Tuesday, 19 May 2015
Do you know what this is?
I am fairly sure of what it is, but I'd love to hear what other people think.
It's fairly big - about 2 feet long (60 cm) with the hook part at the end about 10" (25 cm). The wood it is made from is Ash.
Answer: This was known as a Fagging Stick:
'the smooth-edged hook succeeded the serrated sickle for reaping corn in many places about 1860-1870. Fagging tools have sharp blades and are heavier and wider than sickles and used with a different action. Instead of grasping the corn, the reaper held back the stalks or drew them towards him with a short crook called a fagging stick and slashed through the straw rather than sawing it as with a sickle. A larger quantity of corn was cut at one swing, though time was taken up with sharpening the blade. The hooks are still used today for trimming hedges and cutting crops close to hedges or walls that cannot be reached by machine.'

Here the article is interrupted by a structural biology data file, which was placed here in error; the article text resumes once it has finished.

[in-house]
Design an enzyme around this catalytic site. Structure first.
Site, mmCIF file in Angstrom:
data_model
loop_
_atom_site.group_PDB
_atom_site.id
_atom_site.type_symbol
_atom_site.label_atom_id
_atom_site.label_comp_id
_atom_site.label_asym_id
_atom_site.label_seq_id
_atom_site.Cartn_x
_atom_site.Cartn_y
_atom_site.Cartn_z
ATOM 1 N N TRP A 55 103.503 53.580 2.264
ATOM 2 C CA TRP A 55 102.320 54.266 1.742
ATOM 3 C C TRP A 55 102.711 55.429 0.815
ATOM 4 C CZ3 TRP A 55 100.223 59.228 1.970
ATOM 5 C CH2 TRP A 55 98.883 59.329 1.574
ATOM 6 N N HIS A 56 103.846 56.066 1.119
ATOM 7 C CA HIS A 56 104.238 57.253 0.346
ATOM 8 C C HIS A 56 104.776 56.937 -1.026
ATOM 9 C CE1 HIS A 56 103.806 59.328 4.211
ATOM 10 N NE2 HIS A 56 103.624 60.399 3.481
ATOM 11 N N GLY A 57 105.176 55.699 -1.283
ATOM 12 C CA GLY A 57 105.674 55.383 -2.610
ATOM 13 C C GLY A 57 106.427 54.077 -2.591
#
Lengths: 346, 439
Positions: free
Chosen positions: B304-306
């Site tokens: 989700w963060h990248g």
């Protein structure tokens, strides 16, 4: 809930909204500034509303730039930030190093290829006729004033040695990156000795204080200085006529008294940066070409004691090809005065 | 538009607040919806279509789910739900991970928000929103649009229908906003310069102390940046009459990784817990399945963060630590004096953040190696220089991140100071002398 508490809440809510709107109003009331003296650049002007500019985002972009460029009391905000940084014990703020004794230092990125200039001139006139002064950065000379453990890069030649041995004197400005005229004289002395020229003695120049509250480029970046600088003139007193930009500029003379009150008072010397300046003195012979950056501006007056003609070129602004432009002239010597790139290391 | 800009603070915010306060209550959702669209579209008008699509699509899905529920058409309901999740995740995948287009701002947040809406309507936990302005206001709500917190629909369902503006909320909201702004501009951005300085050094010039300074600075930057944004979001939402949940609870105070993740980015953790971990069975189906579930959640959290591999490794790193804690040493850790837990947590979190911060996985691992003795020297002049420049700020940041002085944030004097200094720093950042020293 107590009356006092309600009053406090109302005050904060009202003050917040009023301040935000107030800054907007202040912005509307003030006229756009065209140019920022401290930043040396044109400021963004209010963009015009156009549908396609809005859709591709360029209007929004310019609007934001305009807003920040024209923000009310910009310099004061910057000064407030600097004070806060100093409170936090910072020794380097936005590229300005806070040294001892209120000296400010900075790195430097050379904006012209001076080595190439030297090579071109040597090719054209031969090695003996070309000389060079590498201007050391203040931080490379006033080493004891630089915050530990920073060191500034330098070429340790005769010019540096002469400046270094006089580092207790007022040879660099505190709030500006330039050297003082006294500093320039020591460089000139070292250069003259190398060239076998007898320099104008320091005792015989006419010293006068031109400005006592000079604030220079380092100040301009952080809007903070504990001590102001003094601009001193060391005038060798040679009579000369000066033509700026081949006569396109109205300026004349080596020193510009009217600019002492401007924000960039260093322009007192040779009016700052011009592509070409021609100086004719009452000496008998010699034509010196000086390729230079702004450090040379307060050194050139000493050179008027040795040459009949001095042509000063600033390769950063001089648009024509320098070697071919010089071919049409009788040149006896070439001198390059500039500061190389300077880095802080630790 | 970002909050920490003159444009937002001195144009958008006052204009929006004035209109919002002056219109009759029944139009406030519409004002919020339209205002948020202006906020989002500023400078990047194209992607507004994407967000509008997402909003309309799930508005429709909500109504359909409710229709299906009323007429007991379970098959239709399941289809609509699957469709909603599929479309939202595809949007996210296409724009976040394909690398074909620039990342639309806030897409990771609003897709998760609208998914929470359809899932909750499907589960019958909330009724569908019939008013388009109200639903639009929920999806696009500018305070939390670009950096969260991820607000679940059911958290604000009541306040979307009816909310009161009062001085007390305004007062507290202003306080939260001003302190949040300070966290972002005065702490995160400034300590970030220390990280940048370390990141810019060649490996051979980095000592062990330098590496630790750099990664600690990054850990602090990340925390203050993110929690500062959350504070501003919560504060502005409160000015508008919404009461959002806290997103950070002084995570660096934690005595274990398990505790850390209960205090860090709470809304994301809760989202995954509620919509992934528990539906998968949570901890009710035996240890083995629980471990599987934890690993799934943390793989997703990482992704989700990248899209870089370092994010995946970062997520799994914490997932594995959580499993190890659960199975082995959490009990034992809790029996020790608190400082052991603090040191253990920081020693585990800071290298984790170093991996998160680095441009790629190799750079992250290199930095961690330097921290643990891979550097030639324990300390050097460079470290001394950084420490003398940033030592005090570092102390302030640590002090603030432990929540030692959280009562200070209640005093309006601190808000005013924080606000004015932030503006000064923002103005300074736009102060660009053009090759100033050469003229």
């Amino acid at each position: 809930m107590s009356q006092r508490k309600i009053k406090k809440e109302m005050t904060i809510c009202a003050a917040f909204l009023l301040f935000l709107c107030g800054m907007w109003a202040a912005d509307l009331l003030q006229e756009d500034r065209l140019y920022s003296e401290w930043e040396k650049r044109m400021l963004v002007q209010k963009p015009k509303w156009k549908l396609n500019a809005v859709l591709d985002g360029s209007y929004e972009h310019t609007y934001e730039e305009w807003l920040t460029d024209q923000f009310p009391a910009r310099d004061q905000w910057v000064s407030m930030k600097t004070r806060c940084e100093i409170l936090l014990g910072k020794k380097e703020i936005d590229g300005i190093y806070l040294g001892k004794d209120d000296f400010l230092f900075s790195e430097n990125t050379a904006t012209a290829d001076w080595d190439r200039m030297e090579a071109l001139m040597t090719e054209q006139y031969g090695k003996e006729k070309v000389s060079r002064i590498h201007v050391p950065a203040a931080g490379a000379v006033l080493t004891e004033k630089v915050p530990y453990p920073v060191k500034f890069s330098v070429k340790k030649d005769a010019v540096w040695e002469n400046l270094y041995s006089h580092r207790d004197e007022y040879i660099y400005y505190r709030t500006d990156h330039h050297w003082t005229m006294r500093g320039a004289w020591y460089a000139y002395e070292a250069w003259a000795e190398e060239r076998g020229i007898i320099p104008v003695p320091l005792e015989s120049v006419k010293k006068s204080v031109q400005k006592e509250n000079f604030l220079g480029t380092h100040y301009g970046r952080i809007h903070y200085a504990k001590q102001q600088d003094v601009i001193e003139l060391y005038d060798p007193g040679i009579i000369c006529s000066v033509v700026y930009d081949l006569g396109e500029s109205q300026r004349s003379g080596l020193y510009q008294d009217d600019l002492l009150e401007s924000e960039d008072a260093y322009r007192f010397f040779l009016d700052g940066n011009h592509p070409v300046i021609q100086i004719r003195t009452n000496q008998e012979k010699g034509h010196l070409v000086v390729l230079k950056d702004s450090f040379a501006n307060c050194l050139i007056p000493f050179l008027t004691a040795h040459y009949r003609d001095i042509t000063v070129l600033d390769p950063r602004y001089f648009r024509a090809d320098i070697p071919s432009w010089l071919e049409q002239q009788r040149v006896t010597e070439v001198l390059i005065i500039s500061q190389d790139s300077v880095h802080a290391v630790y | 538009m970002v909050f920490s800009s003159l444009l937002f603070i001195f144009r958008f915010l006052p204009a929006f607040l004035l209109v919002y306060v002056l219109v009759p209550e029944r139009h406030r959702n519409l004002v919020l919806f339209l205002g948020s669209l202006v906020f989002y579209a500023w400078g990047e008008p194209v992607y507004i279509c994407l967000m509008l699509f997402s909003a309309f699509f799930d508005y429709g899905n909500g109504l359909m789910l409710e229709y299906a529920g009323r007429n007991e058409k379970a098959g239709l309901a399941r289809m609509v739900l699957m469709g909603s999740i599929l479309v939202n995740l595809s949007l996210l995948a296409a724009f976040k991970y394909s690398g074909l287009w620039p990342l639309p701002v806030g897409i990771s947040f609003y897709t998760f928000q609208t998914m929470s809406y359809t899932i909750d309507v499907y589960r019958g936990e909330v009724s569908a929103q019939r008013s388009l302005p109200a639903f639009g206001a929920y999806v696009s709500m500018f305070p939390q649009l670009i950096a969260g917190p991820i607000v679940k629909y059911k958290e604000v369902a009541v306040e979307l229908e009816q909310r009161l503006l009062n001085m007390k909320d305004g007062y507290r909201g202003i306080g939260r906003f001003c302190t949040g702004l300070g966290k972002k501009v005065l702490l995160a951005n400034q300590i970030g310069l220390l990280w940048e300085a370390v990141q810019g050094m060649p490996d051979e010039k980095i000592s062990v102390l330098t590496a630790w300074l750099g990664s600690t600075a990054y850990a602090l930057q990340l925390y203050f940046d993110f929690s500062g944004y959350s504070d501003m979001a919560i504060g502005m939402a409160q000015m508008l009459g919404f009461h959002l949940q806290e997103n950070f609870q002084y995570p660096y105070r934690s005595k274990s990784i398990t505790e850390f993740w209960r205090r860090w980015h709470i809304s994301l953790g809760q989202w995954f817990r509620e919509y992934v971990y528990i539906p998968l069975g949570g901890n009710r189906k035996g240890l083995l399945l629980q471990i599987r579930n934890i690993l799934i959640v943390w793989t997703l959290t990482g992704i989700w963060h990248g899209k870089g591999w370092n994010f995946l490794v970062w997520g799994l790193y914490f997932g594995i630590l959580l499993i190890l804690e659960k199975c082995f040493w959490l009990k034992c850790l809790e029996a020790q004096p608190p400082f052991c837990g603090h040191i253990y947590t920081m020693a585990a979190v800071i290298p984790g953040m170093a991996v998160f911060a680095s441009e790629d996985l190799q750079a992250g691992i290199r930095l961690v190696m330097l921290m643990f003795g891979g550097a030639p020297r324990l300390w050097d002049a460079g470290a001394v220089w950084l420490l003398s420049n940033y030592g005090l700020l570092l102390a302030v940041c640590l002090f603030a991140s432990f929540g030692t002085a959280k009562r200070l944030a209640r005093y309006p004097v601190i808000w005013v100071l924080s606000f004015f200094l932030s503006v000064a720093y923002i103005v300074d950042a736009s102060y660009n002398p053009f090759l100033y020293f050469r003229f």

Many thanks to http://england.prm.ox.ac.uk/englishness-harvesting-tools.html for the excellent description.
So as you can see, several of you were going along the right lines. I love these pieces of our farming history, and this one won't be going anywhere for a while - we will just enjoy it here and probably put it on a beam in the kitchen (as you do!)